The intercalation theories propose that the planktotrophic larvae are stages intercalated into an ancestral direct development. Several variations of this idea have been proposed for more than a century. The planuloid-acoeloid theory [151], which derives the bilaterians from a non-feeding planuloid ancestor via a compact acoel-like form, was forcefully advocated by [152] and followed more or less tacitly in many textbooks. In the original form of the intercalation theory the proposed ancestor, the planula, had no gut and could therefore probably not feed; all non-feeding planula larvae develop from eggs with much yolk, and no adult free-living organisms of this organization is known. However, most recent proponents of this theory now agree that ancestor had a sack-shaped gut (and was therefore a gastraea) [5,10,153]. So the difference between the two theories is more about the life style of the ancestor. The terminal addition theory proposes a pelagic, planktotrophic gastrula and the intercalation theories a benthic, deposit-feeding, possibly bilateral ancestor (Figure 1).

There are only few attempts to visualize the intercalation theory for the bilaterians. Evolution of a pelagic larva from the benthic juvenile has been proposed as an adaptation to enhance dispersal, which appears reasonable. The evolution of a ring of compound cilia either at an anterior or a posterior ridge, as that also seen in some sponge larvae, enhances swimming [149], and this explanation is common to both the terminal addition and the intercalation theories. In the intercalation theories, the larva could be a lecithotrophic trochophore with only a prototroch or a metatroch.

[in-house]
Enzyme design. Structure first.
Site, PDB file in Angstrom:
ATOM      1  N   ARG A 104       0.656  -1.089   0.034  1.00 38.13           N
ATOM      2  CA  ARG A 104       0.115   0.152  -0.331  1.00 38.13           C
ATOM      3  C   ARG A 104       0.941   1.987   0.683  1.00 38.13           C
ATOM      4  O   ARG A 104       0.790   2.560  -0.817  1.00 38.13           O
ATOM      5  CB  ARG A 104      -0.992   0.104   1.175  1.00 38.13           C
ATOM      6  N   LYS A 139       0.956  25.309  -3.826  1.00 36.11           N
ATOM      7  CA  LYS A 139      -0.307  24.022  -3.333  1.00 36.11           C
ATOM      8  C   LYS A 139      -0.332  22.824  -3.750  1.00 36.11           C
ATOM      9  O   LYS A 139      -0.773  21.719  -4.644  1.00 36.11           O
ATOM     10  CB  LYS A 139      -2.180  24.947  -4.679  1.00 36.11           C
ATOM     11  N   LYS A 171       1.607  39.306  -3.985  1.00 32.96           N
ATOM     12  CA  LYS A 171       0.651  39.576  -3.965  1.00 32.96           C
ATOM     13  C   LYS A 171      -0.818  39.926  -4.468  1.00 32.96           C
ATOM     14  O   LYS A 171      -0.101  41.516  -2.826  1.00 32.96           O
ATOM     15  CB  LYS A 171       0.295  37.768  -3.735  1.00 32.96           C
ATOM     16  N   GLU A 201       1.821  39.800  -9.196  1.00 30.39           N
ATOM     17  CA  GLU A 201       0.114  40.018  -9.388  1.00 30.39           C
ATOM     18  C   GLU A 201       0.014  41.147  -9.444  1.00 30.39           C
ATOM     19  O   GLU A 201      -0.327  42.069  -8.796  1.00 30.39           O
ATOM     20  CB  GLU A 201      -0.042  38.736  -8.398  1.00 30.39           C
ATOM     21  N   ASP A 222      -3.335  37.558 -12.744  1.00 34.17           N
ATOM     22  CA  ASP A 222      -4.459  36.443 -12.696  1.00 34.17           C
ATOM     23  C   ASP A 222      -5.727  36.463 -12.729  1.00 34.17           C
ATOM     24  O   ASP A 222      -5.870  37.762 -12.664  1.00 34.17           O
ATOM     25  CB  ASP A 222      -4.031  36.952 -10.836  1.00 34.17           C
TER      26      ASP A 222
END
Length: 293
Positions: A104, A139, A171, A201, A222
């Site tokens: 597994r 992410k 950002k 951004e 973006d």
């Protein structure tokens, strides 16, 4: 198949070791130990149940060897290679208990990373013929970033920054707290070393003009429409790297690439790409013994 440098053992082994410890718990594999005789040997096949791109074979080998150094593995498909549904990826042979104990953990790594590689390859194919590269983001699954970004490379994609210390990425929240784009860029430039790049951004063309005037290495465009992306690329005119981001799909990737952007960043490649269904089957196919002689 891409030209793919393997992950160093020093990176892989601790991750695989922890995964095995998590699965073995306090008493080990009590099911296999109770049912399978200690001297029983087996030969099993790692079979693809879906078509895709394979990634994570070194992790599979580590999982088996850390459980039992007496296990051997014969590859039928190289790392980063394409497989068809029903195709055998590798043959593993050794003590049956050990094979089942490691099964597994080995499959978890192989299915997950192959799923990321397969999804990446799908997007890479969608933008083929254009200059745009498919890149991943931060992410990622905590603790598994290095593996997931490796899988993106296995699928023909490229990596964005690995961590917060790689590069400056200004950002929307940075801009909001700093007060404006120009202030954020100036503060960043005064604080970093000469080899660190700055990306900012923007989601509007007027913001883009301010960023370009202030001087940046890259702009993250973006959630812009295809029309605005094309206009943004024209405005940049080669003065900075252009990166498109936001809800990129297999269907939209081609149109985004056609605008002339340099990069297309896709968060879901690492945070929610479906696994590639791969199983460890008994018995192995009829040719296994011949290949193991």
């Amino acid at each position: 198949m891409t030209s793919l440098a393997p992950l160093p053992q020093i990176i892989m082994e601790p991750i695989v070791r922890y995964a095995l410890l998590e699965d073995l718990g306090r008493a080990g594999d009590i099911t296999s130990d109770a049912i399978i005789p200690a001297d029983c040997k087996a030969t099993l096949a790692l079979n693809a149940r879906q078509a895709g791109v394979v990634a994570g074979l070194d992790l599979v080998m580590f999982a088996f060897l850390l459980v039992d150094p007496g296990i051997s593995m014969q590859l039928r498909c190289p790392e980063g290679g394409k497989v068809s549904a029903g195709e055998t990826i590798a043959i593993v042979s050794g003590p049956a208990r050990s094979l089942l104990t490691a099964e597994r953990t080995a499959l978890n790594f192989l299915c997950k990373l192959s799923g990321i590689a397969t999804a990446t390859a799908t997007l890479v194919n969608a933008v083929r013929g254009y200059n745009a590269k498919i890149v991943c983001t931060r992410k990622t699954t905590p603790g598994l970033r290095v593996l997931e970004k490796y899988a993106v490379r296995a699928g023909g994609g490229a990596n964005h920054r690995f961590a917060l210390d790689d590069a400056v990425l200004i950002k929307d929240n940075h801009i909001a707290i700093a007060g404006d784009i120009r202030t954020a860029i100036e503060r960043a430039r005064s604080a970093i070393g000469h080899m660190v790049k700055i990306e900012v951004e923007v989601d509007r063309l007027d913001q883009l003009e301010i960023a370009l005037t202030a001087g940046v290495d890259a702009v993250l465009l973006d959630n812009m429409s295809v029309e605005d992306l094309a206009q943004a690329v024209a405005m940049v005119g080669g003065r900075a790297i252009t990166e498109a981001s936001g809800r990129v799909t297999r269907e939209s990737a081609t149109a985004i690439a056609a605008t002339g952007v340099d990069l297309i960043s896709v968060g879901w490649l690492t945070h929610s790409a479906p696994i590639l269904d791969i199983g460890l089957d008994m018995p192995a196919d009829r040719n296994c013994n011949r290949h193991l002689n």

For the spiralians, most of the intercalation theories propose that the planktotrophic trochophora larvae evolved many times by specializations of an ancestral uniformly ciliated non-feeding planula through a larva with a prototroch to the feeding trochophore. The diagram of [154] illustrates one version of this idea (Figure 13). The specializations of the ciliation in steps A-D, with the establishment of a prototroch, could be an adaptation to more powerful swimming, and the development of the mouth (and anus?) already in the larva could be a simple expression of adult characters already in the larva. However, evolution of a metatroch with the ciliary beat opposing that of the prototroch would hamper swimming and appears highly improbable. The whole evolution of the downstream-collecting system (Figure 13 D-E) appears as an example of orthogenesis because the structure will not be functional until fully formed. Hejnol A, 2007, Henry JQ, 2007 [11,12] suggested that the metatroch evolved through co-option of the posterior row of cells of the prototroch. However, the origin of a band of compound cilia with a beat opposite that of the prototroch through a split from the prototroch appears highly unlikely for two reasons: 1) During the evolution, the two bands would have been beating towards each other, and this can have no adaptive value before the whole downstream-collecting system has become functioning. 2) The origin of the metatroch through a split of the prototroch would imply a reversal of the beat in the metatroch, and ciliary reversals have never been observed in bands of compound cilia. The origin of the secondary trochoblasts and the metatroch from cells of the second micromere quartet around the blastopore is an integral part of the trochaea theory. I do not know any scenario for the origin of the pelago-benthic life cycle of the ambulacrarians.